Note: I wrote this article a couple of years ago for a magazine, but it was never used for various reasons. It might be a little bit out of date, but here it is anyway. I put up some mobile phone pics of the workshop back in this post.
Several years ago, pictures of a flat-black S15 Silvia with a widebody kit and equally wide wheels started appearing in magazines and on the Internet. It was one of those cars that people seemed to unanimously agree looked extremely tough, even if it wasn’t to their own tastes. Shortly after that, pictures of an intimidating matte-black Porsche in a similar style also began to appear, and they both seemed to have something to do with a window banner that said “Rauh Welt” and a guy named Akira Nakai.
“Oh, you should have just said you wanted to come to the Porsche place!” the taxi driver said cheerily as I pulled up outside the Rauh Welt workshop in suburban Chiba, about an hour away from the centre of Tokyo. I had only given him an address to find, but it turns out that Rauh Welt is pretty well known in this area. There was no shop sign outside the large corrugated concrete shed we stopped in front of, but there were telltale piles of worn race rubber and bits and pieces of Porsches strewn around. Rusted exhausts, factory wheels, discarded panels and various lengths of moulded hoses. This was definitely the right place, but the roller shutter to the workshop was still closed. I knocked on the front door, to no answer. Peering through the frosted glass of the door, I could see the low and wide silhouettes of what were definitely Porsches, and hear music playing quite loudly, but there was no sign of movement.
I called Nakai’s mobile phone number, but it rang through, so I called the shop’s number. I could hear the phone ringing inside, but nobody answered it. I then suddenly remembered a conversation I had earlier that morning, when had I told my housemate where we were going that day.
“Are you sure they’re open? There’s a Porsche race on today at Tsukuba Circuit that a friend of mine with a 911 is going to. Nakai might be there.” he had said. I gritted my teeth and sighed in resignation as I called every number I could think of to try and find out if Nakai was at Tsukuba Circuit. I looked in every window and tried knocking on every door, but there was no response. Just as I’d resigned to what seemed like the obvious, my mobile rang.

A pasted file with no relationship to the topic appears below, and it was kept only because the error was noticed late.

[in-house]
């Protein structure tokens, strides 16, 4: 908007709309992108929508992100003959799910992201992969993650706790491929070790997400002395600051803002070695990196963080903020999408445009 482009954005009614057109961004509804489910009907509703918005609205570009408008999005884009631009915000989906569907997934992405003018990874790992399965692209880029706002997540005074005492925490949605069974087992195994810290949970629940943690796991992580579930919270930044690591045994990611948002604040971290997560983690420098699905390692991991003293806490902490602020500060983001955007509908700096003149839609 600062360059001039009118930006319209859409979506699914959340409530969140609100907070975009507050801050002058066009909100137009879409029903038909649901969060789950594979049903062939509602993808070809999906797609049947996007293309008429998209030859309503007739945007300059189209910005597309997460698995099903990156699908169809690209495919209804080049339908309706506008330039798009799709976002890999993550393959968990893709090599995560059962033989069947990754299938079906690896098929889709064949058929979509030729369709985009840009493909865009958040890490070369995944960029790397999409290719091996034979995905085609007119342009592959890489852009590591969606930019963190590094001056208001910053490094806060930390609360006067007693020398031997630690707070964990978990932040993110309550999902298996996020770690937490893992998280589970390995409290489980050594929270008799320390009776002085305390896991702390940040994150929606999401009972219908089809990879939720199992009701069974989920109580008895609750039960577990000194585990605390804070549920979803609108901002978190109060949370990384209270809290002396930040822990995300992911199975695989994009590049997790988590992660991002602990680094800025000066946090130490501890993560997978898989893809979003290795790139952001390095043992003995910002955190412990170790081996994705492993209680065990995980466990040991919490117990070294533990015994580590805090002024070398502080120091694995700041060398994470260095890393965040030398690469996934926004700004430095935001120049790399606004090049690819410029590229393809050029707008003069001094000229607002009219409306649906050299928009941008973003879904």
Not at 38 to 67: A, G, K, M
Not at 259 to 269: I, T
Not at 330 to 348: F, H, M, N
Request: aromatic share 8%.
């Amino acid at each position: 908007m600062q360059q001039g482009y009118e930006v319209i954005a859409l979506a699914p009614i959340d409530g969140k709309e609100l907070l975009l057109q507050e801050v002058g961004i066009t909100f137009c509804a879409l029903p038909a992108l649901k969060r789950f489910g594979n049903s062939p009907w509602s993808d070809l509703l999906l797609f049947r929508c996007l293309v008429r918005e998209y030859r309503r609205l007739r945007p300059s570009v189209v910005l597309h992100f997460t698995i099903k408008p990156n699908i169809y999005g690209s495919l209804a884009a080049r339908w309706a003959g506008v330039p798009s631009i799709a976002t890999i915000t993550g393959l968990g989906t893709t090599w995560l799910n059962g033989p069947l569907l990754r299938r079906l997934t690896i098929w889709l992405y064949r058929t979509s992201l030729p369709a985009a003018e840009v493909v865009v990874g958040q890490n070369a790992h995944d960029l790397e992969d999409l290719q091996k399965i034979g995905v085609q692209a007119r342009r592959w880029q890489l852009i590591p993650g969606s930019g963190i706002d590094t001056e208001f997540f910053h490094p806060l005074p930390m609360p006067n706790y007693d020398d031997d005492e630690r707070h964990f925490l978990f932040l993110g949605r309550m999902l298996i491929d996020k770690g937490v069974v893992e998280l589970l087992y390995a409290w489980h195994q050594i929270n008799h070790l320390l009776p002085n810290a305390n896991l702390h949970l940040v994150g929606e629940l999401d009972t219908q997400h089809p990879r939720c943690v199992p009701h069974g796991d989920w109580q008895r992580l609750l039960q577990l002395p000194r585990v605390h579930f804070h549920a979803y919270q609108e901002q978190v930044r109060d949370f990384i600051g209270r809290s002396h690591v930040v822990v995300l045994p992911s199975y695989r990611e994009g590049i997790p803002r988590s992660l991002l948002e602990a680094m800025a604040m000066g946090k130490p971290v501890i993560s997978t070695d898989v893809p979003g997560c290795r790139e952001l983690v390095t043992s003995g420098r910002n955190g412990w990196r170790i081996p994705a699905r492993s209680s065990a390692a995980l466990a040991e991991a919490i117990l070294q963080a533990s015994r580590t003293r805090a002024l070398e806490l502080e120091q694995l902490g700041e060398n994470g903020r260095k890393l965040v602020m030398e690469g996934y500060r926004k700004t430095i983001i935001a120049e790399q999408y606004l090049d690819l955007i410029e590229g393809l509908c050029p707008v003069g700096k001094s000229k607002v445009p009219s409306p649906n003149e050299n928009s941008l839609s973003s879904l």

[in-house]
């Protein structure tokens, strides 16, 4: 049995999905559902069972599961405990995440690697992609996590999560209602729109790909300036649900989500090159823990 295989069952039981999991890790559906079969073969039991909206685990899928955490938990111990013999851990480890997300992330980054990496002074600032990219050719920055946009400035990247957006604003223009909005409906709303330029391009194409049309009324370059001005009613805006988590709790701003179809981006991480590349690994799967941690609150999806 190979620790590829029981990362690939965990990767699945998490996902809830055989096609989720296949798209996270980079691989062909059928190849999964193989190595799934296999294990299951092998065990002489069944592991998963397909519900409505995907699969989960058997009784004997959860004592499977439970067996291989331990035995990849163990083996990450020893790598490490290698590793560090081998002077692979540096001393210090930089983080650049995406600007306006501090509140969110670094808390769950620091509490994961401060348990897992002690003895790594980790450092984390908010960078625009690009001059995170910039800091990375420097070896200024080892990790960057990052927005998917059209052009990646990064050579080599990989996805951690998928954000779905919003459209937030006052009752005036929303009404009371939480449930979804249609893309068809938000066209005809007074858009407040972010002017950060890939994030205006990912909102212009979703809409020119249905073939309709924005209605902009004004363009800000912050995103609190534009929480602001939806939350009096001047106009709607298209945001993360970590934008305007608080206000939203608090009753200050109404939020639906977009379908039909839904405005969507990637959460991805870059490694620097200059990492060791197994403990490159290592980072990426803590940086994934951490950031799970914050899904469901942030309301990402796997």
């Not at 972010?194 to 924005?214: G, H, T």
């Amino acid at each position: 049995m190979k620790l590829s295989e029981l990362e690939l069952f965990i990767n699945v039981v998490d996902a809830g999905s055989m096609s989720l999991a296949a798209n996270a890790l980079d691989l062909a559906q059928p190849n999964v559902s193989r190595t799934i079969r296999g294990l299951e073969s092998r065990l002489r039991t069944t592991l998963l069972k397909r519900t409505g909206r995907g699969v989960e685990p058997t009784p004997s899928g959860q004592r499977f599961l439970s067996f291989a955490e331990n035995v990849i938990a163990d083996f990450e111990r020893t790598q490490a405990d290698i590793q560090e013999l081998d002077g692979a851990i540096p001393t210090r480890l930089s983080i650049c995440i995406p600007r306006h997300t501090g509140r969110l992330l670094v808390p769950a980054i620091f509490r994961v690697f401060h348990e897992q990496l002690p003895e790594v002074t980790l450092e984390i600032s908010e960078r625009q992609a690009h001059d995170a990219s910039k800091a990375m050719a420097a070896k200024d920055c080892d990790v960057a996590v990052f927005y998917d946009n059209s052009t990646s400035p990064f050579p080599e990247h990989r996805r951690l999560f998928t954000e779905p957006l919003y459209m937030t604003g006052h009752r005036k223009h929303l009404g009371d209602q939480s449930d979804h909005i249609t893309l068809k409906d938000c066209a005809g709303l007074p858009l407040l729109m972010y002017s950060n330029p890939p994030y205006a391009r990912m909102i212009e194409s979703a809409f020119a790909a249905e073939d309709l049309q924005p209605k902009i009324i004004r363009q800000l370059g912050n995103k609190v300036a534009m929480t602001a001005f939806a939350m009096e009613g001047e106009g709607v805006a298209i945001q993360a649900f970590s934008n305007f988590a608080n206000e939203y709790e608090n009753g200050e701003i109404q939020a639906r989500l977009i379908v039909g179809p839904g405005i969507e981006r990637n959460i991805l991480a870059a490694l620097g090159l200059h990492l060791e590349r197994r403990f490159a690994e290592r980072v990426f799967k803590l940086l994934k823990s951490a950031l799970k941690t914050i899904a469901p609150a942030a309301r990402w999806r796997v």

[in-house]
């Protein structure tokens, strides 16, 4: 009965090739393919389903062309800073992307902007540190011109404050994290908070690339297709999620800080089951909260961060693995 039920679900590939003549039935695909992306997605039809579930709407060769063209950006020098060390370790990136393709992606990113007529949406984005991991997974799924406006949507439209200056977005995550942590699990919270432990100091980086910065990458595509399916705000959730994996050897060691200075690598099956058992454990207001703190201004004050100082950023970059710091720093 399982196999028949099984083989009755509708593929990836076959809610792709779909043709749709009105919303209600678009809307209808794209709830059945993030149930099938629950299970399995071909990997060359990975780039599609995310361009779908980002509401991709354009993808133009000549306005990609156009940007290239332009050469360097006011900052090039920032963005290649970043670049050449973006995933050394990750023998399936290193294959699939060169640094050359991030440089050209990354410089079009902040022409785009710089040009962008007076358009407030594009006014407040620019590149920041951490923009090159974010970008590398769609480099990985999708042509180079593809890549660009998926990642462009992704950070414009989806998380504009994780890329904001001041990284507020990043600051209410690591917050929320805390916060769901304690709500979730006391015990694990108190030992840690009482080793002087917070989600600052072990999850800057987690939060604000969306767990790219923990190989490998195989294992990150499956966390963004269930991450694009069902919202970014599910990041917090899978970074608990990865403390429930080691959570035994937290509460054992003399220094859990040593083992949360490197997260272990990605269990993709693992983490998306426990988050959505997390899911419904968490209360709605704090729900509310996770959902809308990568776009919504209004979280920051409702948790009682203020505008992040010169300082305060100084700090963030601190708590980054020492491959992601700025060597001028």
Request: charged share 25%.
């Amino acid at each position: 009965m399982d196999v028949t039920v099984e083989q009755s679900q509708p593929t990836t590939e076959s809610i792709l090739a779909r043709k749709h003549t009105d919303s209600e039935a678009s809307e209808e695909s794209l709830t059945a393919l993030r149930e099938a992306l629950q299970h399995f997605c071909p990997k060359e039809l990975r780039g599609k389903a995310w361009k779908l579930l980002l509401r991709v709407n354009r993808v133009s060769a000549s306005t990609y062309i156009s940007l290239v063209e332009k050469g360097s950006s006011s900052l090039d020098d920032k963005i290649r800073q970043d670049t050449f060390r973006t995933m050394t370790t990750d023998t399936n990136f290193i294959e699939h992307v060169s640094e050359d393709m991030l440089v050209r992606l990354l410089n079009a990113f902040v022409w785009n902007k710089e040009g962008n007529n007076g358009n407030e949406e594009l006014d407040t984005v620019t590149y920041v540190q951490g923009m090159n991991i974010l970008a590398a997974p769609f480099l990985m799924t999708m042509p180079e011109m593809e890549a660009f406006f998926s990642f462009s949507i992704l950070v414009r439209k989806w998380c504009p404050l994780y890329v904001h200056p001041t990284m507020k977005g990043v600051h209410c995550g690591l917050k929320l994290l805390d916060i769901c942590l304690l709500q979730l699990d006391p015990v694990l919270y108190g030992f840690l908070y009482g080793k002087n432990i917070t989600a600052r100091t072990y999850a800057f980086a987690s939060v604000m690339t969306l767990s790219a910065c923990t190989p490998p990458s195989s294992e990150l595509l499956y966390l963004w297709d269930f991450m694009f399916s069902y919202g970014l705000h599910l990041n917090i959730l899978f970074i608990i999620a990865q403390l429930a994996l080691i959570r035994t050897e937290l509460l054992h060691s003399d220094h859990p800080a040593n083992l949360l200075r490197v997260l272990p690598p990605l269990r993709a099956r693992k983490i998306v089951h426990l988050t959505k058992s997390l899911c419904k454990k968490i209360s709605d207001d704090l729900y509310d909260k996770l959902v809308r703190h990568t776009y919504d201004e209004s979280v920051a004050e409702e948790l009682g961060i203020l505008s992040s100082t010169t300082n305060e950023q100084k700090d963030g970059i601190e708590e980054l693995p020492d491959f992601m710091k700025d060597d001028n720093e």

“This is Nakai, you called me?” asked a monotone voice.
“Yes, I had appointment to come and interview you today. I arrived at the workshop about half an hour ago, but the doors are closed.”
“I’m inside. Just a minute” he said, before hanging up.
A few seconds later, the roller shutter cracked open and slowly rolled upwards. What greeted me was the low and grimy rear end of a Porsche painted in flat-olive, followed by a large, circuit-spec rear wing. As the shutter reached eye-level, I was confronted with a workshop unlike any that I had seen before. The left side looked almost typical, with Porsche posters, used race numbers taped to the wall, and the usual sort of advertising material you see in a workshop, but the right side was something completely different.
Where you’d normally see a tyre changer, a hydraulic press and tool cabinets was a pool table, old poker machines with trophies stacked on top of them, and wide 18-inch wheels with well-worn slick tyres stacked in front. Next to that was a glass display cabinet with smaller trophies and die-cast model Porsches, and in another cabinet were packets of cigarettes from around the world, most of them Marlboro. An old jukebox’s cracked glass top had been turned into a counter, on which sat a receipt book, address labels, sticky tape and a bottle of strong hay fever medication. Below the glass were about a hundred half-full cigarette lighters, arranged in order of colour. There were shelves filled with Porsche magazines, and an entire window was covered with empty stacks of Stella Artois bottles. A small glass fridge filled with various drinks sat next to a vending machine that served all kinds of tea, coffee and hot chocolate at the push of a button. Behind a dark cherry Chesterfield lounge were shelves that held everything from bottles of brake fluid to bottles of cheap champagne, and an endless mix of lounge music played through large speakers mounted in the corners of the room. I suggested that all he needed was a stripper pole and the place would be complete, but Nakai shook his head.